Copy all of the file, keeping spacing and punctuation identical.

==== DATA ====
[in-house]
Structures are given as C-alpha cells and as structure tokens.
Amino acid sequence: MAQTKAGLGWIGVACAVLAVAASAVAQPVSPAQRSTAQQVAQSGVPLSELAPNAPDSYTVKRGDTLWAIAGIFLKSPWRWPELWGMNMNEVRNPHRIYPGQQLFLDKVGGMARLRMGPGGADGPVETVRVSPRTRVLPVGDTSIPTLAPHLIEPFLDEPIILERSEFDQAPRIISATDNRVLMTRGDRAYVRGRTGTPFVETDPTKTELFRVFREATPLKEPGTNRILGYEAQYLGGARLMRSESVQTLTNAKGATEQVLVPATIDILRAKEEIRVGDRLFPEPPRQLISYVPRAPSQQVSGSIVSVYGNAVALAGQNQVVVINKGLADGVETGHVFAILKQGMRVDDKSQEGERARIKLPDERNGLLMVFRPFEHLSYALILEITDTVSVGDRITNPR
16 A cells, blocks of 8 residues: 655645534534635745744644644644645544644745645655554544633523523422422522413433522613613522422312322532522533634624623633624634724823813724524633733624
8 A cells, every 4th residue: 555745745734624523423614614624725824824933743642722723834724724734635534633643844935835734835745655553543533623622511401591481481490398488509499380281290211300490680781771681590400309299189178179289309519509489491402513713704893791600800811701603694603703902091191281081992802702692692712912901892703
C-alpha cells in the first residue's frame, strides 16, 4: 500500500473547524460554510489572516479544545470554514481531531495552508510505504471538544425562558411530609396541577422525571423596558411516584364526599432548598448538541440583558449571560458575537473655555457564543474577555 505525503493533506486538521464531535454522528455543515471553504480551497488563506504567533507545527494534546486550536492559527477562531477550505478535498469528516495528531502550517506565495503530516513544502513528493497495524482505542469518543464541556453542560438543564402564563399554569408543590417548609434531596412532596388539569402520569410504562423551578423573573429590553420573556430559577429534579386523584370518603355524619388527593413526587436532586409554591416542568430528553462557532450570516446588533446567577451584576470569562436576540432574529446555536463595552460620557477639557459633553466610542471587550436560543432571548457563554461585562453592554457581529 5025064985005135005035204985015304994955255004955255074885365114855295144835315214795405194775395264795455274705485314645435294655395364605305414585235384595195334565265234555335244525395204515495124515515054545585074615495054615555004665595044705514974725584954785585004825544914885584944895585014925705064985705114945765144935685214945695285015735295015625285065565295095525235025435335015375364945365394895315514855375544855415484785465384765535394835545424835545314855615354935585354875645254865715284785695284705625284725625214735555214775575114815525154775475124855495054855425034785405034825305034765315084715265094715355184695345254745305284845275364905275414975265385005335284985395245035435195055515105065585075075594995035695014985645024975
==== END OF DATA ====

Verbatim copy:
[in-house]
Structures are given as C-alpha cells and as structure tokens.
Amino acid sequence: MAQTKAGLGWIGVACAVLAVAASAVAQPVSPAQRSTAQQVAQSGVPLSELAPNAPDSYTVKRGDTLWAIAGIFLKSPWRWPELWGMNMNEVRNPHRIYPGQQLFLDKVGGMARLRMGPGGADGPVETVRVSPRTRVLPVGDTSIPTLAPHLIEPFLDEPIILERSEFDQAPRIISATDNRVLMTRGDRAYVRGRTGTPFVETDPTKTELFRVFREATPLKEPGTNRILGYEAQYLGGARLMRSESVQTLTNAKGATEQVLVPATIDILRAKEEIRVGDRLFPEPPRQLISYVPRAPSQQVSGSIVSVYGNAVALAGQNQVVVINKGLADGVETGHVFAILKQGMRVDDKSQEGERARIKLPDERNGLLMVFRPFEHLSYALILEITDTVSVGDRITNPR
16 A cells, blocks of 8 residues: 655645534534635745744644644644645544644745645655554544633523523422422522413433522613613522422312322532522533634624623633624634724823813724524633733624
8 A cells, every 4th residue: 555745745734624523423614614624725824824933743642722723834724724734635534633643844935835734835745655553543533623622511401591481481490398488509499380281290211300490680781771681590400309299189178179289309519509489491402513713704893791600800811701603694603703902091191281081992802702692692712912901892703
C-alpha cells in the first residue's frame, strides 16, 4: 500500500473547524460554510489572516479544545470554514481531531495552508510505504471538544425562558411530609396541577422525571423596558411516584364526599432548598448538541440583558449571560458575537473655555457564543474577555 505525503493533506486538521464531535454522528455543515471553504480551497488563506504567533507545527494534546486550536492559527477562531477550505478535498469528516495528531502550517506565495503530516513544502513528493497495524482505542469518543464541556453542560438543564402564563399554569408543590417548609434531596412532596388539569402520569410504562423551578423573573429590553420573556430559577429534579386523584370518603355524619388527593413526587436532586409554591416542568430528553462557532450570516446588533446567577451584576470569562436576540432574529446555536463595552460620557477639557459633553466610542471587550436560543432571548457563554461585562453592554457581529 5025064985005135005035204985015304994955255004955255074885365114855295144835315214795405194775395264795455274705485314645435294655395364605305414585235384595195334565265234555335244525395204515495124515515054545585074615495054615555004665595044705514974725584954785585004825544914885584944895585014925705064985705114945765144935685214945695285015735295015625285065565295095525235025435335015375364945365394895315514855375544855415484785465384765535394835545424835545314855615354935585354875645254865715284785695284705625284725625214735555214775575114815525154775475124855495054855425034785405034825305034765315084715265094715355184695345254745305284845275364905275414975265385005335284985395245035435195055515105065585075075594995035695014985645024975